The National Organization of Women’s New York chapter has created a sexual harassment hotline for women in politics and state government.
In light of recent news stories about long running sexual harassment and assault moving to the forefront of our national discourse, NOW-NY cites Albany’s own history or sexual misconduct in explaining the need for a dedicated hotline for victims to share their story.
Last week, a letter signed by more than 140 women exposed the pervasive culture of sexual harassment in the California State Capitol. The signers, which included legislators, staff, political consultants and lobbyists, recalled their experiences from being groped to fending off numerous inappropriate advances.
And on Wednesday, lawmakers in Illinois released an open letter describing sexual harassment and intimidation with more than 130 signatures.
“Government sets the standard and the policies and the laws that all other industries are asked to uphold,” said Sonia Ossorio, president of the National Organization for Women – New York. “Given that Albany is a place where lawmakers have abused their power and sexual harassment has gone unchecked in the past, we felt it was important to give women in politics a platform to speak up.”
In 2013, Assemblyman Vito Lopez resigned after being censured for groping and intimidating female staffers.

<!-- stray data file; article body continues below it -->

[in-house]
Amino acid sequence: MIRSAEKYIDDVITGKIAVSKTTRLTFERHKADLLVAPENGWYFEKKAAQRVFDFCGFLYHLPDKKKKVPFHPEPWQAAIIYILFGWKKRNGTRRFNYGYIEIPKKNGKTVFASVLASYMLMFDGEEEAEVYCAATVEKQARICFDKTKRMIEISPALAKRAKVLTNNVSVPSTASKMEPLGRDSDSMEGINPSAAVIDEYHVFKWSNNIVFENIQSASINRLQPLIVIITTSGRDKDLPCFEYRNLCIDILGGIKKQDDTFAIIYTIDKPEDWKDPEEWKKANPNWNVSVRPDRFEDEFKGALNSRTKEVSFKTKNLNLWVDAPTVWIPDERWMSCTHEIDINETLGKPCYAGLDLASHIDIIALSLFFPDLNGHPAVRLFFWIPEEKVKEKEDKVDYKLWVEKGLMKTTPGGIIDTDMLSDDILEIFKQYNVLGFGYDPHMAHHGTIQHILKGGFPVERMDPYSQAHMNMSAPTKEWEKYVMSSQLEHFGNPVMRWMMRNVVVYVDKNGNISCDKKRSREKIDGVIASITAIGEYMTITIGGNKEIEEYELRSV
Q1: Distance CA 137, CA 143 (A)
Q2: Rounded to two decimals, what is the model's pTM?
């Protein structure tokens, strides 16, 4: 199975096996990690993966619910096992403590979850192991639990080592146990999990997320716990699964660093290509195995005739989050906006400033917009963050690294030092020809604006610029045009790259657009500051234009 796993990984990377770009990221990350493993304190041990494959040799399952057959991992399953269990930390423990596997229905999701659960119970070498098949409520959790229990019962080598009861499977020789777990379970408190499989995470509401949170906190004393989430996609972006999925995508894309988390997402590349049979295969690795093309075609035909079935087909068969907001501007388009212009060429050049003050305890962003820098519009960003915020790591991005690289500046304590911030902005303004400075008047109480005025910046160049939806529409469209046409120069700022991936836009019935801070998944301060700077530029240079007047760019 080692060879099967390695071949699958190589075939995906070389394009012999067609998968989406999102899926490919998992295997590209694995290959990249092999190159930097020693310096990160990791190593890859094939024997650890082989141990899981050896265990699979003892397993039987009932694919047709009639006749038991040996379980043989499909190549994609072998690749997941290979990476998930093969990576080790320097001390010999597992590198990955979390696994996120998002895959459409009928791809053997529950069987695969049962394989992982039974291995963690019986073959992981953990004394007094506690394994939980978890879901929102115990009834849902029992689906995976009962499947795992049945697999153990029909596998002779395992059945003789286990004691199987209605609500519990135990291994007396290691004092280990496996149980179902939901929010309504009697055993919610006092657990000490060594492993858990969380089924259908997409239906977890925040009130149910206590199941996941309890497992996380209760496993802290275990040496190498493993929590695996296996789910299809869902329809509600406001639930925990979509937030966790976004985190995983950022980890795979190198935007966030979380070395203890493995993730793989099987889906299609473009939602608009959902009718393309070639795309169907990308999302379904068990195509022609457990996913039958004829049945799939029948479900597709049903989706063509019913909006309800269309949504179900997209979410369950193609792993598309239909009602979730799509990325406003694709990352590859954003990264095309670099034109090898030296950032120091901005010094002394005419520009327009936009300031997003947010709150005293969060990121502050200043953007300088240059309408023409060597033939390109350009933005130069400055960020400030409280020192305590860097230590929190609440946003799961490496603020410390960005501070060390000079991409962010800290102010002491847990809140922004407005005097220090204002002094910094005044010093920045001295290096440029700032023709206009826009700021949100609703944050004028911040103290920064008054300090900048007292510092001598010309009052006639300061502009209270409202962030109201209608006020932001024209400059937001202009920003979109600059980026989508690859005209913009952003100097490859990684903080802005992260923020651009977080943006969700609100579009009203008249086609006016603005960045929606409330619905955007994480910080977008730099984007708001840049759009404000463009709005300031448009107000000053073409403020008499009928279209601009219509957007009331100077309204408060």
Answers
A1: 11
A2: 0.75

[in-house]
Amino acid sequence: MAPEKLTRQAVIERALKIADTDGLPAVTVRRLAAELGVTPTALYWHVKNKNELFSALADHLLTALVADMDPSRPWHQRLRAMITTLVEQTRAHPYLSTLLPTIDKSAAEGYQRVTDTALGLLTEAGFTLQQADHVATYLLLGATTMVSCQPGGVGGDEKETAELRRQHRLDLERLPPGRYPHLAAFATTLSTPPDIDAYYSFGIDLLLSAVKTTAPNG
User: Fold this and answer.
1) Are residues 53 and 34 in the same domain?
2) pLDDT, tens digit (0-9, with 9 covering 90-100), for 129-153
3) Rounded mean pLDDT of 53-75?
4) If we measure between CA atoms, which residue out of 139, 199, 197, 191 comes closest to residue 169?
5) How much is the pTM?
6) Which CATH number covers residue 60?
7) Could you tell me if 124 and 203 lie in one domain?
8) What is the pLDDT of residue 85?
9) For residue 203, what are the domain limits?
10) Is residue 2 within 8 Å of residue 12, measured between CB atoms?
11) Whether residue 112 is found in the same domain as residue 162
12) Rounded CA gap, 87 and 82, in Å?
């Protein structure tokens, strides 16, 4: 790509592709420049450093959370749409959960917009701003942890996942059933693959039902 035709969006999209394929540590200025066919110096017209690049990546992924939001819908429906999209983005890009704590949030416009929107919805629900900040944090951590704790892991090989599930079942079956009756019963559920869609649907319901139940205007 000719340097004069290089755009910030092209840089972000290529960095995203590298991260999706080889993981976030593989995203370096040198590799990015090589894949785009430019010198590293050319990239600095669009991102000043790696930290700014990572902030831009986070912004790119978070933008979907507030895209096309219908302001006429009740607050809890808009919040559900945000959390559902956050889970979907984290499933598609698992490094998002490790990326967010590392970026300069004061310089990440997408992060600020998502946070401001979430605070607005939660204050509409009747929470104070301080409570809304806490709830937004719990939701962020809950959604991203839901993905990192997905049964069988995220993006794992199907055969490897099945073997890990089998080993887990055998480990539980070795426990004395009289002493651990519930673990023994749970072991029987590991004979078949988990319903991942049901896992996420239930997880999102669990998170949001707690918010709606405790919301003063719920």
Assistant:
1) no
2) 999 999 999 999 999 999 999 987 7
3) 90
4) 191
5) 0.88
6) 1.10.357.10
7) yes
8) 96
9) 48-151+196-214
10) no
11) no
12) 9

In 2014 assemblyman Dennis Gabryszak stepped down after facing accusations of sexual harassment by seven staffers.
Also in 2014, former Assemblyman Micah Kellner declined to seek re-election after two complaints of sexual harassment against him.
In 2016 Gabryszak’s successor, Angela Wozniak, was disciplined and banned from hiring interns after she retaliated against a staffer who had reported sexual harassment.
From 1999 to 2015 a total of six legislators have left office because of some form of sexual misconduct, according to Citizens Union’s “Albany Corruption Tracker.”
“Women are putting aside self-blame and doubt and calling out their sexual harassers,” Ossorio said. “This is a tipping point, and we need to push for an end to the pervasiveness of sexual harassment that has infected the lives of working women everywhere.”
In a speech at Berkeley College in Manhattan on Oct. 18, Melissa DeRosa, the governor’s top aide, spoke about her own experiences with Albany’s culture of misogyny and harassment throughout her career in politics and public service.
“These instances have stuck with me, but I’m not kidding myself and neither should you – many women have and still do experience far worse every day, and it’s not just actresses you’re reading about in the news this week,” DeRosa said in her speech. “Before it was Hollywood, it was Albany, and before it was Albany it was Madison Avenue and Washington D.C. before that.
“It’s doctors, lawyers, athletes, investment bankers, political staffers and reporters. And too often they don’t speak out because they are afraid of what happens if they do – just ask Anita Hill.”
Women can report their own experiences with harassment by calling the hotline at 518-362-7857 or making a submission online at nownys.org